Section 41
Chapter 40,752

Multiple forms of biliverdin reductase: age-related change in pattern of expression in rat liver and brain

Maines, M.D.

Molecular Pharmacology 38(4): 481-485


ISSN/ISBN: 0026-895X
PMID: 2233689
Accession: 040751145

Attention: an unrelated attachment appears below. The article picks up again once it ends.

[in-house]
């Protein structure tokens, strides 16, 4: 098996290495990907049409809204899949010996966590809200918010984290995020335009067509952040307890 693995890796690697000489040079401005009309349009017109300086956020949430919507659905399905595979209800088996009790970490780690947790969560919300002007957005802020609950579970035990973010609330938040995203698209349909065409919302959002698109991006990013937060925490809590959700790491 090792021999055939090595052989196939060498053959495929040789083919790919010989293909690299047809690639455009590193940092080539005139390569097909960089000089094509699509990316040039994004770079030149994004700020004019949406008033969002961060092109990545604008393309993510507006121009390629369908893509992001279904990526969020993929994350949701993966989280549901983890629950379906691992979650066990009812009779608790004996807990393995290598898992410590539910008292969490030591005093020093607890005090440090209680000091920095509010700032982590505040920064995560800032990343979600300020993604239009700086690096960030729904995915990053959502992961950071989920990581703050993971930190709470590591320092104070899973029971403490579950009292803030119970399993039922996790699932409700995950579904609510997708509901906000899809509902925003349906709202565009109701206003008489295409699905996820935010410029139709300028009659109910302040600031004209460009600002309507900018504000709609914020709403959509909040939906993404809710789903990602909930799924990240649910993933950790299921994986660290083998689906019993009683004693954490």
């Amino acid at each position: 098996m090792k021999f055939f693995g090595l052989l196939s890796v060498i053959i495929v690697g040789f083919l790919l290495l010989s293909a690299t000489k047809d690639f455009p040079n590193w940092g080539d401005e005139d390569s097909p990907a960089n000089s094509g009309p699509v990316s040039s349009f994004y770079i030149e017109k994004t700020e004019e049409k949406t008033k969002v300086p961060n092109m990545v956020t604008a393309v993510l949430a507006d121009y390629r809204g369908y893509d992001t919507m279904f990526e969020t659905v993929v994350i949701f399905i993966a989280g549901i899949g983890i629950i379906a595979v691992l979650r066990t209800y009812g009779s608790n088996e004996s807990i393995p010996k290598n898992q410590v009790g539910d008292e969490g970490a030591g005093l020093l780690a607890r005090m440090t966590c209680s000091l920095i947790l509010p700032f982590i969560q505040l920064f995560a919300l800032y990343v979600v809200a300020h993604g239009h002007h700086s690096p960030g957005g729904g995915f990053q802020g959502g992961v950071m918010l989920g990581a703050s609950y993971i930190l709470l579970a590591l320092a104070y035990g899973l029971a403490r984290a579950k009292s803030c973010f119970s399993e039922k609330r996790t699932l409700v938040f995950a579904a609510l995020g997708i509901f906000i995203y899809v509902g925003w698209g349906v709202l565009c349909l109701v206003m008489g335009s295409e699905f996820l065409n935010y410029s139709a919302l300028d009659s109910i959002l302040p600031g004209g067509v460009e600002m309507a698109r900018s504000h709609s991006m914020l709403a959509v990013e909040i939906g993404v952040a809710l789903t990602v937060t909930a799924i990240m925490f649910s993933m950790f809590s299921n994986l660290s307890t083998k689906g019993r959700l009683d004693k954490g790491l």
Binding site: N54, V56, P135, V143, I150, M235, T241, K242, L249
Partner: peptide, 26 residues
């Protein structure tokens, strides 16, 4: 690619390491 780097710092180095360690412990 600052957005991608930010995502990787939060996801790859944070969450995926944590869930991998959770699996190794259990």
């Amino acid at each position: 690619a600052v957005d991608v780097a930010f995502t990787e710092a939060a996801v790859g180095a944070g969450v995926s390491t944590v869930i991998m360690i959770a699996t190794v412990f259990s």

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Biliverdin reductase is the dual nucleotide-dependent cytosolic enzyme that converts biliverdin to the bile pigment, bilirubin, and displays extensive microheterogeneity in rat organs. The enzyme is unique in having two pH optima. The present study reports on the tissue-dependent pattern of developmental expression of the reductase in rat liver and brain. When analyzed by Western immunoblotting, two closely migrating immunoreactive proteins were detected in the liver cytosol during the first 2-3 weeks after birth; the protein with greater mobility was not detected in the liver of adult aged animals (6 months old) and was present at low levels in rats during the first week of life. The faster migrating protein was not detected in the brain cytosol at any stage of development. Furthermore, in the brain the total amount of enzyme protein increased as the animal matured, whereas in the liver the enzyme protein level decreased with age. When the purified enzyme was analyzed, age-related changes in the variant composition of the enzyme in the liver were noted. Although in both adult and newborn animals (14 days old) the purified enzyme, when subjected to isoelectric focusing, separates into five net charge forms (pl 6.23, 5.91, 5.76, 5.61, and 5.48), the relative abundance of the variants notably differed in the two preparations. In addition, when the purified preparations were subjected to two-dimensional electrophoresis, although both purified preparations separate into three molecular weight forms (Mr 30,400, 30,700, and 31,400) one species (Mr 31,400, pl = 5.77), which was very prominently expressed in the newborn, was essentially absent in the adult. Biliverdin reductase activity of the liver cytosol with both NADPH (pH 8.7) and NADH (pH 6.7) exhibited developmental changes, with the activity increasing after birth, reaching a peak on day 14, and decreasing to low levels in the adult. The existence of a close correlation between development of biliverdin reductase activity in the brain and liver and that of heme oxygenase in these organs is noted. The suggestion is made that the reductase is not a passive component of the heme degradation pathway; rather, its activity could become limiting in the elimination of heme degradation products.

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